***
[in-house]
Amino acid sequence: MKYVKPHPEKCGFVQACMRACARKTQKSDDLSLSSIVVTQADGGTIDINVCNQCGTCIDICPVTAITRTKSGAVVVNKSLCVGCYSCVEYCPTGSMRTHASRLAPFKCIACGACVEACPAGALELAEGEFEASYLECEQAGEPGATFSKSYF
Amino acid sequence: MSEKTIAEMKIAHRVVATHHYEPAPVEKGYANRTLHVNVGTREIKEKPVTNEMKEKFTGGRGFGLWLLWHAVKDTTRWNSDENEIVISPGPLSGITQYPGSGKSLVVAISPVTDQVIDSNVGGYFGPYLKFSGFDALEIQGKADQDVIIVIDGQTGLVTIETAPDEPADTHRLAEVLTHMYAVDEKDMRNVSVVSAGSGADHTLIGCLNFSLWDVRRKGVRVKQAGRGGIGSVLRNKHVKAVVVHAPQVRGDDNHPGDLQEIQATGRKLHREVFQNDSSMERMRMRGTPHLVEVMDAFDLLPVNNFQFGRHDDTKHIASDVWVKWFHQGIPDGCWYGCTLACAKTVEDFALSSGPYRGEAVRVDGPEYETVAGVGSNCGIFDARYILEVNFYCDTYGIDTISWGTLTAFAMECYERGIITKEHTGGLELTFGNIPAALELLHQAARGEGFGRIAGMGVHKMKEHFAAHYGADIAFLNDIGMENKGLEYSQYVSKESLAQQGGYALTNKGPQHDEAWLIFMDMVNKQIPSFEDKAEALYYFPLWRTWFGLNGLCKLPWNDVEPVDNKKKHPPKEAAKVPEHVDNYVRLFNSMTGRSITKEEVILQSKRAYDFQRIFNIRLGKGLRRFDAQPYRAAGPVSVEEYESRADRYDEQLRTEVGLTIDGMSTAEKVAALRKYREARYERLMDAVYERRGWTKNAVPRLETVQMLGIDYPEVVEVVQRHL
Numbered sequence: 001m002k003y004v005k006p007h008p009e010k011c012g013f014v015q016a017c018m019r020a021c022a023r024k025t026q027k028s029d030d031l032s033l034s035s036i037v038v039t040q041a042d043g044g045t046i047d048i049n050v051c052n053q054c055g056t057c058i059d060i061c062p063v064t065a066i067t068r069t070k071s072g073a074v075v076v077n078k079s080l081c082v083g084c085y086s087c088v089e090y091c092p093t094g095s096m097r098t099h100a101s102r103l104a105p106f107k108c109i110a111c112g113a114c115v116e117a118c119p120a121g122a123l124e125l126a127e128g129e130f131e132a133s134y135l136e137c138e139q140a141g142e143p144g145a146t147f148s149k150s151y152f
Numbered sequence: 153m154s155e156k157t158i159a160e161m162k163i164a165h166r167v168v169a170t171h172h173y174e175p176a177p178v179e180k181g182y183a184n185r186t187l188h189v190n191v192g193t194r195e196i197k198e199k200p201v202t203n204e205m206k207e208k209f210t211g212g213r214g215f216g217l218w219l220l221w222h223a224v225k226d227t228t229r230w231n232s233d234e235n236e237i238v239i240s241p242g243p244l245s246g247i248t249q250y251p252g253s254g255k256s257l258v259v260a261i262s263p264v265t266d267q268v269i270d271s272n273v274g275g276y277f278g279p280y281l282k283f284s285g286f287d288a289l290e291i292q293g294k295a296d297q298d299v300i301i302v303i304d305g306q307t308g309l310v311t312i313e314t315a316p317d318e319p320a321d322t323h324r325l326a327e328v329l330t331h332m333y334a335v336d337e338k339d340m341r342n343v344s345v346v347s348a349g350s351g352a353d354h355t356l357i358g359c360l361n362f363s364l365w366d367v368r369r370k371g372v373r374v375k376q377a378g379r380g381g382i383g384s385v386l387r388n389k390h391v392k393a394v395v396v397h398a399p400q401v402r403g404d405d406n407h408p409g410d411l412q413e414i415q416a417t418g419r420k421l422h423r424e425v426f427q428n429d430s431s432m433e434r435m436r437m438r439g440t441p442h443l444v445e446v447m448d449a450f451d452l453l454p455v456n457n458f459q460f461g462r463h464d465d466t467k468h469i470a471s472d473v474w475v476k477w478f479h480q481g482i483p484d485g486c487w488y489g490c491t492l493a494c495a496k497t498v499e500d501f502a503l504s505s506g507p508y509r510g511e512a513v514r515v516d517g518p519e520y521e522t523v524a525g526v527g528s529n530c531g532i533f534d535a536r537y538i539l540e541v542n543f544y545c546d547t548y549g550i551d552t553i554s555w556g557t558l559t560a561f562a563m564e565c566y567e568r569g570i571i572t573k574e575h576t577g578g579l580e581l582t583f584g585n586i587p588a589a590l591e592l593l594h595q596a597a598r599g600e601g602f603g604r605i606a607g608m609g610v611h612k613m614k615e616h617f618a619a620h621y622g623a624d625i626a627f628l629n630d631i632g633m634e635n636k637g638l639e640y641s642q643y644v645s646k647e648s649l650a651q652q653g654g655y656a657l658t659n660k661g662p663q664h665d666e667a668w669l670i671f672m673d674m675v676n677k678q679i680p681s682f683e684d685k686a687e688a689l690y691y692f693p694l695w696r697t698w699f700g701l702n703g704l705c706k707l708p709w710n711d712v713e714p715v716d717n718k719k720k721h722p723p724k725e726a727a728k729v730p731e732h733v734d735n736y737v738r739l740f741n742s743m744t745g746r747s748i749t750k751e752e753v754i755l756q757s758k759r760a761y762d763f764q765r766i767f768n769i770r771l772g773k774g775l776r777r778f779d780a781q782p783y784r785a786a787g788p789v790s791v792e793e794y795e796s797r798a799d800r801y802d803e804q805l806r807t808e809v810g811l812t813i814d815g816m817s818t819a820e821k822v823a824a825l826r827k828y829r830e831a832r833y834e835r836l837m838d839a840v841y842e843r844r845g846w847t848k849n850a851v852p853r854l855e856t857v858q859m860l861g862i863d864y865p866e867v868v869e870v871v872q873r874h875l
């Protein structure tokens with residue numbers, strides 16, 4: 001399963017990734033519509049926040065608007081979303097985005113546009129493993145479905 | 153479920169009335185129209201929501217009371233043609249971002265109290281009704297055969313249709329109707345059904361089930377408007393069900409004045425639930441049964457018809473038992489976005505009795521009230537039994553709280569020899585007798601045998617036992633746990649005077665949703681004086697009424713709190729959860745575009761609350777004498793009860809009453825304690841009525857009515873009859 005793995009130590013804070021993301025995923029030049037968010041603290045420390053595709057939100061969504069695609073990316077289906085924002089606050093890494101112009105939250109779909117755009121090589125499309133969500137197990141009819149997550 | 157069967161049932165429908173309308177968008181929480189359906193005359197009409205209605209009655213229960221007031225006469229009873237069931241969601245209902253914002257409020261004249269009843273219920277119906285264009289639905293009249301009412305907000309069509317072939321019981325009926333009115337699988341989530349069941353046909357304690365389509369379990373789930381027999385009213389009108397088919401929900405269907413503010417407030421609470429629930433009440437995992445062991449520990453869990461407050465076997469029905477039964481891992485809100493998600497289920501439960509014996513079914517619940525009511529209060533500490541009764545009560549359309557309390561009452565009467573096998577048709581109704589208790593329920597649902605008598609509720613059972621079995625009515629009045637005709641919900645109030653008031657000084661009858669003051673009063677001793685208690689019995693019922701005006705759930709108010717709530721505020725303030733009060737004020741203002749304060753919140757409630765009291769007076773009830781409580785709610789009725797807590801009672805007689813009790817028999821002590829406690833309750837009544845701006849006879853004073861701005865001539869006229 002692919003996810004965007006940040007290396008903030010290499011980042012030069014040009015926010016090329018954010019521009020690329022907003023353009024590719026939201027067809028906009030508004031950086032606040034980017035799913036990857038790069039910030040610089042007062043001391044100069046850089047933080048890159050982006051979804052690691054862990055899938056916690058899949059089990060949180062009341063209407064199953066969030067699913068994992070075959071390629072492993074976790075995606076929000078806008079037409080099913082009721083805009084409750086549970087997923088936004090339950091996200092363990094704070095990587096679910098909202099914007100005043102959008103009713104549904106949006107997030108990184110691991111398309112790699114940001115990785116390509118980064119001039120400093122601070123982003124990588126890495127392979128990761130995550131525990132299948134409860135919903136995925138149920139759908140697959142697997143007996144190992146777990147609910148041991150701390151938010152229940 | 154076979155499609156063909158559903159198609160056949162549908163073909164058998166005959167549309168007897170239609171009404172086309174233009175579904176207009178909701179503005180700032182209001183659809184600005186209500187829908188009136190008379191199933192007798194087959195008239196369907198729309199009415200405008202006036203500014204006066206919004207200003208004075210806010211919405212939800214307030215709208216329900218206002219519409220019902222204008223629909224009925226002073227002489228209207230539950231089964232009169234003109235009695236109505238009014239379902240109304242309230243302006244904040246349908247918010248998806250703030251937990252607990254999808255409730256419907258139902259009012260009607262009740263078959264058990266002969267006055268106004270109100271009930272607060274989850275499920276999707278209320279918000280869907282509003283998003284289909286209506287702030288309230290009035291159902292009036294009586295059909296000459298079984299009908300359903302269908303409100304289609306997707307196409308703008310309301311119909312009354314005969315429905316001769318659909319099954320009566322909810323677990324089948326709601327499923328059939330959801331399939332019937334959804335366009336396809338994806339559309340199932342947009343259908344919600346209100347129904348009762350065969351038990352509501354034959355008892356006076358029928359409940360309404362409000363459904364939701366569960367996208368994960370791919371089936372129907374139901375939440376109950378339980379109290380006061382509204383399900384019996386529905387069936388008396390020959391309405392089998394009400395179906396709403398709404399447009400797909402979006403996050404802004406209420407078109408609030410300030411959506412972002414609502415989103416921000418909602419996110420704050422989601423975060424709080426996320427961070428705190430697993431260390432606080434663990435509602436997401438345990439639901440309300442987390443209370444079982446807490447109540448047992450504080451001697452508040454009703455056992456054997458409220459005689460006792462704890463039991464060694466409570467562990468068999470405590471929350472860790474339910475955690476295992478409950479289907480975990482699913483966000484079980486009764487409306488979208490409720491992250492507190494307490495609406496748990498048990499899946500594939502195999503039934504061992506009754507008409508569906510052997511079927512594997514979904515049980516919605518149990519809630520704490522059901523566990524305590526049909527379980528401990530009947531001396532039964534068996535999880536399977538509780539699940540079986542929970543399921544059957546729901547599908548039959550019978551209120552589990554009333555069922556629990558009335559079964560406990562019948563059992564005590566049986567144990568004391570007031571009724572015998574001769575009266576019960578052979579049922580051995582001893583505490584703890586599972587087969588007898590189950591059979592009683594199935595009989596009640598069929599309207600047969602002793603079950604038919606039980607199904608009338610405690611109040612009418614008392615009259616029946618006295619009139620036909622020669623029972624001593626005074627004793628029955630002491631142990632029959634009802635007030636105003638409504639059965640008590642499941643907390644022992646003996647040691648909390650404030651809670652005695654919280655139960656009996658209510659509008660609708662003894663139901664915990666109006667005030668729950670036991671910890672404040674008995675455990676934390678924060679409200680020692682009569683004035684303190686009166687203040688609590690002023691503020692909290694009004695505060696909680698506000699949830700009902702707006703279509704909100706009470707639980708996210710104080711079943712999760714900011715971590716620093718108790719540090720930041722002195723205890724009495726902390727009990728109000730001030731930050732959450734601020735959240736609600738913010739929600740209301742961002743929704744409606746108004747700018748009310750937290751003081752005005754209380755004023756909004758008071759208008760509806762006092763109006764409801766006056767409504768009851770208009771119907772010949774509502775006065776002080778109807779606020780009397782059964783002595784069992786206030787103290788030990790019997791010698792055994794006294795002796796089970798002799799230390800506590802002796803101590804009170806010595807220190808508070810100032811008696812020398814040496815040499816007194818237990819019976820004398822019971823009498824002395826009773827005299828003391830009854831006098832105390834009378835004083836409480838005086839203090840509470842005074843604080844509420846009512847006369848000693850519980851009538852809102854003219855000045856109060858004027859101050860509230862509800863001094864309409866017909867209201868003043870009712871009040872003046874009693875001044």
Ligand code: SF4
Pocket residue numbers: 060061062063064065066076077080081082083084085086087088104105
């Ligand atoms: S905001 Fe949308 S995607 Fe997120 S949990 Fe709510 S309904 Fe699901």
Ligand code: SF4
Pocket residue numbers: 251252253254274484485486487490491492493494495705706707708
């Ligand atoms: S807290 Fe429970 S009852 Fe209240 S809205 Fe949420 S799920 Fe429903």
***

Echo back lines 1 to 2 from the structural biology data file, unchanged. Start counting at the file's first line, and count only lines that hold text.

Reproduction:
[in-house]
Amino acid sequence: MKYVKPHPEKCGFVQACMRACARKTQKSDDLSLSSIVVTQADGGTIDINVCNQCGTCIDICPVTAITRTKSGAVVVNKSLCVGCYSCVEYCPTGSMRTHASRLAPFKCIACGACVEACPAGALELAEGEFEASYLECEQAGEPGATFSKSYF